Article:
Peace Activists Should Push Geneva Initiative
Published on Monday, December 1, 2003 by CommonDreams.org
Peace Activists Should Push Geneva Initiative
by Ira Chernus
 

The Geneva Initiative for Israeli-Palestinian peace is an opportunity not to be missed for peace and justice activists here in the U.S. By actively supporting it, we can help two tragically war-torn peoples. We can also throw a monkey wrench into the U.S. war and globalism machine.

A big push for the Geneva Initiative will not detract from our campaign to bring U.S. troops home from Iraq. The two go hand in hand. They both aim at the same goal: letting the people of the Middle East determine their own destiny, free of the heavy hand of U.S. imperialism. Here's why:

The Geneva Initiative already has the support of more than half of Israelis and Palestinians, according to some polls. No longer can Ariel Sharon and the right-wingers claim there is "no one to talk to" on the Palestinian side. Now, a negotiated peace agreement is not a question of if, but only when. So the rightists are loudly talking about "peace proposals" of their own.

Palestinians are not fooled by this subterfuge. Most Israelis won't be fooled either. It will soon be clear that the Geneva plan, or something very much like it, is the only viable way to peace. Since Sharon will not support anything very much like it, his political power will decline. As the Initiative grows in popularity, so will its political sponsors. If they can promote the peace process successfully, they will stand a very good chance of ousting Sharon and his Likud acolytes.

A change of government in Israel would be a major blow to the Bush administration's neo-conservative hawks. They rely on a close alliance with the Israeli government to promote their grand strategy of domination in the Middle East. A more liberal government in Israel would still stay friendly to the U.S., but it would be a moderating influence on the more hawkish U.S. plans. By making Bush's own peace proposals look obsolete, the Initiative and its sponsors will indirectly weaken his chances in the 2004 election, too.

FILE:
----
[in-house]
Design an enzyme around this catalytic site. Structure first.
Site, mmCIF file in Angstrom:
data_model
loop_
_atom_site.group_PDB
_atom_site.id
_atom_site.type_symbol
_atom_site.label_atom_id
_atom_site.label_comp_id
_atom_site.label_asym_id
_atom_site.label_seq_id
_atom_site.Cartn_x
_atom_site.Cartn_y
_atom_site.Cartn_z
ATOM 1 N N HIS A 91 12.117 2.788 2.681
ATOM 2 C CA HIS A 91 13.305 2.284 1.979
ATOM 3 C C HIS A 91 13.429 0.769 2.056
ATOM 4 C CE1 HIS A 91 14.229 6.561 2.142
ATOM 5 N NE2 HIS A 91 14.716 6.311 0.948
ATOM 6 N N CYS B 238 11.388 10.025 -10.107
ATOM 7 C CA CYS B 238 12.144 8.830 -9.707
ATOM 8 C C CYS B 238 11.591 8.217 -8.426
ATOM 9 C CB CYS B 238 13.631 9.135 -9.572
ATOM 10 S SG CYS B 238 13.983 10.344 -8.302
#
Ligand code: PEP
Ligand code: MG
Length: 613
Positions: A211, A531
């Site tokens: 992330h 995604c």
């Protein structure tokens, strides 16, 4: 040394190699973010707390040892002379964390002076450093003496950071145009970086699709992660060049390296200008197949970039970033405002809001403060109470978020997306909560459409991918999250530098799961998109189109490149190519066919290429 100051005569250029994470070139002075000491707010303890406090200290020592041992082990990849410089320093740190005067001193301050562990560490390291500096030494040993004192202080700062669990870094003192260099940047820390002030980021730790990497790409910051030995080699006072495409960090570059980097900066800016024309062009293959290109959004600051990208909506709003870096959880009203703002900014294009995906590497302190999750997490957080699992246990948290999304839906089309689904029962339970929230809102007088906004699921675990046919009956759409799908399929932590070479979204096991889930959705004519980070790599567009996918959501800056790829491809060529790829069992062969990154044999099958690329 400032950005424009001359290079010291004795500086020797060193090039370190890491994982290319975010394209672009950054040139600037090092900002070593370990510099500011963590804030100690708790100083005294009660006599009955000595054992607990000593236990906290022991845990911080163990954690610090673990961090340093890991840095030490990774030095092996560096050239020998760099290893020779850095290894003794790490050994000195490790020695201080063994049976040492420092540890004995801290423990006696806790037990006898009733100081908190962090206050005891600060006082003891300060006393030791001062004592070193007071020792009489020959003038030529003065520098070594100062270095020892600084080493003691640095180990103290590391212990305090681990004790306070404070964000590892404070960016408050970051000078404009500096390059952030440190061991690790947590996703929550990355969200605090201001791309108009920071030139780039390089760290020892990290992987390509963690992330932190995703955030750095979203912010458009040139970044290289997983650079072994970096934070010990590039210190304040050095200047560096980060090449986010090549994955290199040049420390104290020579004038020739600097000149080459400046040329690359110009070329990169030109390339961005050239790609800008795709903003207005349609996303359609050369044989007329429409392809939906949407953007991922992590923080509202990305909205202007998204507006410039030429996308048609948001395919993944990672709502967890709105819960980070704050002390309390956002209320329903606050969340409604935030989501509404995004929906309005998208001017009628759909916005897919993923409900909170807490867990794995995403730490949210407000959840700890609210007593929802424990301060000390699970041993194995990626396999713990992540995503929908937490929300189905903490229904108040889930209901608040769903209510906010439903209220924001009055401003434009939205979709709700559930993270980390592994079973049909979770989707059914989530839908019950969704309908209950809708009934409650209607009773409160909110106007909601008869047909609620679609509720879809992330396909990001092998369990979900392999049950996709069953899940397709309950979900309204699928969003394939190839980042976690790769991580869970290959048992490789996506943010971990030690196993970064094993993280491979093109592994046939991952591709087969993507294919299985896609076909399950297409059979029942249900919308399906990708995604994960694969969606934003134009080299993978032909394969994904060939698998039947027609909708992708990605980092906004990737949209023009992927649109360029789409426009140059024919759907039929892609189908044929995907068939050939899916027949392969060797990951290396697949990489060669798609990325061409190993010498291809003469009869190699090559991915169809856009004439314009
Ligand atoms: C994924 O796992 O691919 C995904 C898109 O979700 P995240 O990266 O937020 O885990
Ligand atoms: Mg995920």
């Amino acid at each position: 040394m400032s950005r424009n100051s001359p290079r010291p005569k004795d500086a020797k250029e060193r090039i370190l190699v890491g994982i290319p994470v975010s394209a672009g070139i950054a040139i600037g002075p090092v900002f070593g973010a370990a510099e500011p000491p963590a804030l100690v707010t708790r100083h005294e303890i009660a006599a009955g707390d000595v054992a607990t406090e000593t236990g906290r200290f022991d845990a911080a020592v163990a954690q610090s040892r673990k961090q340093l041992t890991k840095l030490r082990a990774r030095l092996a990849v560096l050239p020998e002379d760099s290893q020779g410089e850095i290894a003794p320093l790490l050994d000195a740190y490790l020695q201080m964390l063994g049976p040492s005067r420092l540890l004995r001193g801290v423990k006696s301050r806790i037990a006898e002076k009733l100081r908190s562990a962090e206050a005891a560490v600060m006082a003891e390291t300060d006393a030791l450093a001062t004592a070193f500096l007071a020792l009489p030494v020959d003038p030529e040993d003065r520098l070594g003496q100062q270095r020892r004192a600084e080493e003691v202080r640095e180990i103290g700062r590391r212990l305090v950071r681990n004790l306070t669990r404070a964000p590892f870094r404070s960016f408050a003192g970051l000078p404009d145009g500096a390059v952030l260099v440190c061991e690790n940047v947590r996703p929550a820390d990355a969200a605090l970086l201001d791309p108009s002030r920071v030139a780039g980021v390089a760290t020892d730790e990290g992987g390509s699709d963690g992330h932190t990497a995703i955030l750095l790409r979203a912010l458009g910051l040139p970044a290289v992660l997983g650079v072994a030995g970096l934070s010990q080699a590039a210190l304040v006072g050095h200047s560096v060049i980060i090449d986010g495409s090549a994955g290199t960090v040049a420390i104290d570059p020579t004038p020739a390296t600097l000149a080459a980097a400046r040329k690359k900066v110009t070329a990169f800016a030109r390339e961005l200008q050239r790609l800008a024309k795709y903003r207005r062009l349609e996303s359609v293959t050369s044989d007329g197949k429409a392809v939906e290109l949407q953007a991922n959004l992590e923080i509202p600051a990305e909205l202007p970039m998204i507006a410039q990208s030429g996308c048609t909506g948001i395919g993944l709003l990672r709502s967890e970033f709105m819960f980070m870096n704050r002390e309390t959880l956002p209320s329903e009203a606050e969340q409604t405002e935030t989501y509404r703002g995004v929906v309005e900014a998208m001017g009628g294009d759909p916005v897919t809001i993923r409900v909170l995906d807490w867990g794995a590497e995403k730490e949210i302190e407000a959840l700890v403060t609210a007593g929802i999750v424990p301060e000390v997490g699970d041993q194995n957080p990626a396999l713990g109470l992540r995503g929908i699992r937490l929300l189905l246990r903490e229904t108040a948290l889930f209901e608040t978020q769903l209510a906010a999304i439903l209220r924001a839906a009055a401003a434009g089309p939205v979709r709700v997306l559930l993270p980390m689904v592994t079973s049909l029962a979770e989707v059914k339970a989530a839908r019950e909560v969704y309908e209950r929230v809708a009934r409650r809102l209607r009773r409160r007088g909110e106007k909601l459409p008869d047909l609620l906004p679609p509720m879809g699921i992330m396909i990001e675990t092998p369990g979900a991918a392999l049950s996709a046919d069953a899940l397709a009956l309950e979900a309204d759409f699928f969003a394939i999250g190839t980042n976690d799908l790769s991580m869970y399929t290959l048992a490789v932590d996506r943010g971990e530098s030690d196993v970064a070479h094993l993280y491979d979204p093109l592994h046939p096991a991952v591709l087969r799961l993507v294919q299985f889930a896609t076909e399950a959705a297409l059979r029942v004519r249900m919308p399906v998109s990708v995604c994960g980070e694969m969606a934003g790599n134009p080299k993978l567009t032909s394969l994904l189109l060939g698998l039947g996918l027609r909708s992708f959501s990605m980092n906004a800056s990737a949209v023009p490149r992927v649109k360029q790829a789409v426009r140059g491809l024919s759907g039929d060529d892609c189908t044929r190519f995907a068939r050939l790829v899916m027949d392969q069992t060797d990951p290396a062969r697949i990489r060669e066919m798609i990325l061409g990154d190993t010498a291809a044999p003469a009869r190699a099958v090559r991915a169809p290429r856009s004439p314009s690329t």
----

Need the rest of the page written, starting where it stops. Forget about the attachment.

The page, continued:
As the Geneva Initiative de-fuses the Israeli-Palestinian conflict, it will also de-fuse tensions throughout the Middle East. The anti-U.S. sentiment in that region rests heavily on perceived U.S. opposition to Palestinian (hence Arab) interests. Once the Palestinians are clearly on their way to a viable state with international support, a major source of unrest will ease throughout the Middle East. That means less excuse for U.S. military intervention and imperialist policies.

Imperialism will suffer another kind of blow, too. The Initiative is proof that democracy really works in the Middle East. Local leaders, sick and tired of war, can take matters into their own hands. They can find reasonable dialogue partners in very influential positions on the other side. Together, they can steer their nations toward peace. They do not need roadmaps or quartets or any other help from outsiders. That is a frightening thought to U.S. policymakers, who expect to call the shots that really matter in the Middle East.